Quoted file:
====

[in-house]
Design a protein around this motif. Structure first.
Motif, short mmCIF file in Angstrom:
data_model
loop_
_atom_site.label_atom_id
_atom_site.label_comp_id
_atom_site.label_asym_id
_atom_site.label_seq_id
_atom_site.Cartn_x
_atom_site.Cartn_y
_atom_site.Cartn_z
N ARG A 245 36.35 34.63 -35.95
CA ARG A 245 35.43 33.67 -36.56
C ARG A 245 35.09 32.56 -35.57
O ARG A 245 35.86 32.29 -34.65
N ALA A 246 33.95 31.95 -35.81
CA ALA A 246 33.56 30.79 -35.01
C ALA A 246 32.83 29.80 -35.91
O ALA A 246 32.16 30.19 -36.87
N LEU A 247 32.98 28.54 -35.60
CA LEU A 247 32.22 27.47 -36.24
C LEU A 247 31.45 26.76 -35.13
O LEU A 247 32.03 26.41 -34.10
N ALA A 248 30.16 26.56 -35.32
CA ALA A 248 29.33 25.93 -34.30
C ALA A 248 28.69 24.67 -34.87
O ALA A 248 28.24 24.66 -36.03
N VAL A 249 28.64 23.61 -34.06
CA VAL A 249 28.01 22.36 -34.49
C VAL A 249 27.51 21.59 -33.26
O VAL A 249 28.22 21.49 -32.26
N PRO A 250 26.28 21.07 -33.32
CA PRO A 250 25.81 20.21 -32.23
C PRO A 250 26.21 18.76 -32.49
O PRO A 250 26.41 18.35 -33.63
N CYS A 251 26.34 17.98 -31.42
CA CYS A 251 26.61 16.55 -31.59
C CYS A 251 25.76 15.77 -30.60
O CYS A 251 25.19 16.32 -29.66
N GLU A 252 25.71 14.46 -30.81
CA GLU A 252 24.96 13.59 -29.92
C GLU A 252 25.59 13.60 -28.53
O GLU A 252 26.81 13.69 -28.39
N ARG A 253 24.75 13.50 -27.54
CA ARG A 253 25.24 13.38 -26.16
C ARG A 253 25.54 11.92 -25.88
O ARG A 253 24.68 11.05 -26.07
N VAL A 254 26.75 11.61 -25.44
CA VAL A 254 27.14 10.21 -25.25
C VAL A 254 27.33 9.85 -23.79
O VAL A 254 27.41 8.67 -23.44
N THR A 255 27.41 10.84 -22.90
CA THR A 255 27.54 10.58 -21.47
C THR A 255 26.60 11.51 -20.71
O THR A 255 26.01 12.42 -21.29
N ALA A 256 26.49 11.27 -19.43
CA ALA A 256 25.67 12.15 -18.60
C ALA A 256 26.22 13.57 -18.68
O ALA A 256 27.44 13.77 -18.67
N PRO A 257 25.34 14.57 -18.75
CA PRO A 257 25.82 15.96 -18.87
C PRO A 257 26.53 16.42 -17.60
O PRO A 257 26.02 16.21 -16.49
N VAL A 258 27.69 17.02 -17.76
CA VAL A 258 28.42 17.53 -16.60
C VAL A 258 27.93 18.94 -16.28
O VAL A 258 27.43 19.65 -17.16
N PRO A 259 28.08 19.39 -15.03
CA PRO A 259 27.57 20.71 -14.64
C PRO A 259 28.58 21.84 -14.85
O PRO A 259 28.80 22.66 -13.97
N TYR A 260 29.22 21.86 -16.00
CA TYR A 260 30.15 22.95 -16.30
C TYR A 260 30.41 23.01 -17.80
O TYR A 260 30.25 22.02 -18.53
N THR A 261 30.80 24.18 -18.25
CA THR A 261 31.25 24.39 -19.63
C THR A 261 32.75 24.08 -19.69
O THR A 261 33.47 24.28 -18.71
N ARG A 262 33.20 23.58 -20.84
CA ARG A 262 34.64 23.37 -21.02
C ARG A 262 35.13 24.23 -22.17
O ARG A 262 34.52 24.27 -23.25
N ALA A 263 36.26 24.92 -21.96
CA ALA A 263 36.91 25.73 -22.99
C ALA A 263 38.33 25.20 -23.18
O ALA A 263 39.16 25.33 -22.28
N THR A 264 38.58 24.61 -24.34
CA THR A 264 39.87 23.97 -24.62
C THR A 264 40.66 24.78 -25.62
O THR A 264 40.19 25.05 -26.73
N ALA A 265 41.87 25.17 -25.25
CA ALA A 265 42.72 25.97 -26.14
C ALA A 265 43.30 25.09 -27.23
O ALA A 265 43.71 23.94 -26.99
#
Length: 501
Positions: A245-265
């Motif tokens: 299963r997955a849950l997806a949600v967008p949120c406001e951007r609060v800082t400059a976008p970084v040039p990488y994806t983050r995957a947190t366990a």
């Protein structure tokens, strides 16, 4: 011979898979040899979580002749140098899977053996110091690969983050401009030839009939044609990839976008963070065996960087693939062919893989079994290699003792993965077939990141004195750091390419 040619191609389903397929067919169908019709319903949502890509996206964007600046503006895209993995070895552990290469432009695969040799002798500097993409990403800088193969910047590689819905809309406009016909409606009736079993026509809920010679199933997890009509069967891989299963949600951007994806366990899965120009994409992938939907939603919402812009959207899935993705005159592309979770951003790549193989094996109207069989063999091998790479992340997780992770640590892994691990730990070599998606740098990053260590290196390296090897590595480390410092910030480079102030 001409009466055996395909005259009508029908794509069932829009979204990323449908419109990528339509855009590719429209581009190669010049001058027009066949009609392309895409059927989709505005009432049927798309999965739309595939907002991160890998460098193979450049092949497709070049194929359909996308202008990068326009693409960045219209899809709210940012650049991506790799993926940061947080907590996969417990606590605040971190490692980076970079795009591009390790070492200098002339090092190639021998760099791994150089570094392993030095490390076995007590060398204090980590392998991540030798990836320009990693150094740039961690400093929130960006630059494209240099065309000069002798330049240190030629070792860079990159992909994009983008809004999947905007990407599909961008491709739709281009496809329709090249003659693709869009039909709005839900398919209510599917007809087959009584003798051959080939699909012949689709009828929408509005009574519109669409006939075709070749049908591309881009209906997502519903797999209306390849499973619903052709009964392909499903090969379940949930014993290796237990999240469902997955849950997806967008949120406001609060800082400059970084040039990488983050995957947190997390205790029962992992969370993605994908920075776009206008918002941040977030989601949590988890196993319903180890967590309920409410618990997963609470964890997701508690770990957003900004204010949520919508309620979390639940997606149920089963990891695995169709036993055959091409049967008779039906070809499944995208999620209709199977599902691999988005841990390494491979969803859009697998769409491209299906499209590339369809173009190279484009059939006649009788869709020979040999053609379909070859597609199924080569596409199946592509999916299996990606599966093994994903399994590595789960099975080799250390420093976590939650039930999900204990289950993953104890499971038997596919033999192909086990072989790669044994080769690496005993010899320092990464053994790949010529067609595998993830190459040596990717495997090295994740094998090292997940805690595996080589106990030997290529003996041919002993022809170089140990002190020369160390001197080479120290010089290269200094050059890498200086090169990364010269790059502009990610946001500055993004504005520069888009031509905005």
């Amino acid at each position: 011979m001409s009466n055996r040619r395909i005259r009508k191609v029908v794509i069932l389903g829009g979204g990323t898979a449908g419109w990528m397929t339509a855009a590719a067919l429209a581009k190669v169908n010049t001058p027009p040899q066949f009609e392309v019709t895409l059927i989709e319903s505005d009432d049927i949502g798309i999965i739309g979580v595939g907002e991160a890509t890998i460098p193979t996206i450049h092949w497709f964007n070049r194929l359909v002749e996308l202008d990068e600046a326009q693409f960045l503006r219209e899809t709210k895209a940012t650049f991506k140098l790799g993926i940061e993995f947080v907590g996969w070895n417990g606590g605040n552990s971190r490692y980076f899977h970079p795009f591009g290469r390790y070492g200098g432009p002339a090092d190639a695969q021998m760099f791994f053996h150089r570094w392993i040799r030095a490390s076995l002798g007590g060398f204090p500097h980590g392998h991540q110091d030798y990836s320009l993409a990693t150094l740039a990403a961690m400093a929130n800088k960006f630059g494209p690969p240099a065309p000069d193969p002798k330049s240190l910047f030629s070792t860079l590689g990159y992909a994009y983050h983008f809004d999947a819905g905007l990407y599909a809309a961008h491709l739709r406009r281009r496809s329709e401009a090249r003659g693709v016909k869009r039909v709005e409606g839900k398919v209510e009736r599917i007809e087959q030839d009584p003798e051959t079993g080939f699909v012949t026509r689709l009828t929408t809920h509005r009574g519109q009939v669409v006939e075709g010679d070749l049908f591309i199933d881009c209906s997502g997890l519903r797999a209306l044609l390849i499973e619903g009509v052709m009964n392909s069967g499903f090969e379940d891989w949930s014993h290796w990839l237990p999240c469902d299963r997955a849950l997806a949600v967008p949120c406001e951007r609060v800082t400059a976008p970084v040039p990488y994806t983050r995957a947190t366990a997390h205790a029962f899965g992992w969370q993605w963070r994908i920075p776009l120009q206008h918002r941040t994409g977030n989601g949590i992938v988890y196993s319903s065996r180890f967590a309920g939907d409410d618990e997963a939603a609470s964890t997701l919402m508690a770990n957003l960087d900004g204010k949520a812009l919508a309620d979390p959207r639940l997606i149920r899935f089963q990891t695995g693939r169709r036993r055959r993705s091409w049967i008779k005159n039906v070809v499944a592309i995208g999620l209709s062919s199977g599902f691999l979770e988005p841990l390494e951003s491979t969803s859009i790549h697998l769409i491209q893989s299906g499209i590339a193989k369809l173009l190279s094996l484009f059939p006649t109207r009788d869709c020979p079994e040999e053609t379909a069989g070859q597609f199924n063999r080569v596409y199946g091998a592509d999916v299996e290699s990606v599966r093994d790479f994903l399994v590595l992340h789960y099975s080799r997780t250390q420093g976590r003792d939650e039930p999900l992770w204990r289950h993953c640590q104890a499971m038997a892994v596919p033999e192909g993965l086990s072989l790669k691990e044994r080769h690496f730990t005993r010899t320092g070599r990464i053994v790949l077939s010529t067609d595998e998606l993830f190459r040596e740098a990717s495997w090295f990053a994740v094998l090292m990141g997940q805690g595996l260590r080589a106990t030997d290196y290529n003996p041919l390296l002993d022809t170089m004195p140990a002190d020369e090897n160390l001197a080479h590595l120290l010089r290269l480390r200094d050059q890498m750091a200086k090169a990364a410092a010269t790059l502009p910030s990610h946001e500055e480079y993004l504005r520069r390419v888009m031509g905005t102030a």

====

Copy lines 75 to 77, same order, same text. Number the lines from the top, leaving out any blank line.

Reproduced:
C TYR A 260 30.41 23.01 -17.80
O TYR A 260 30.25 22.02 -18.53
N THR A 261 30.80 24.18 -18.25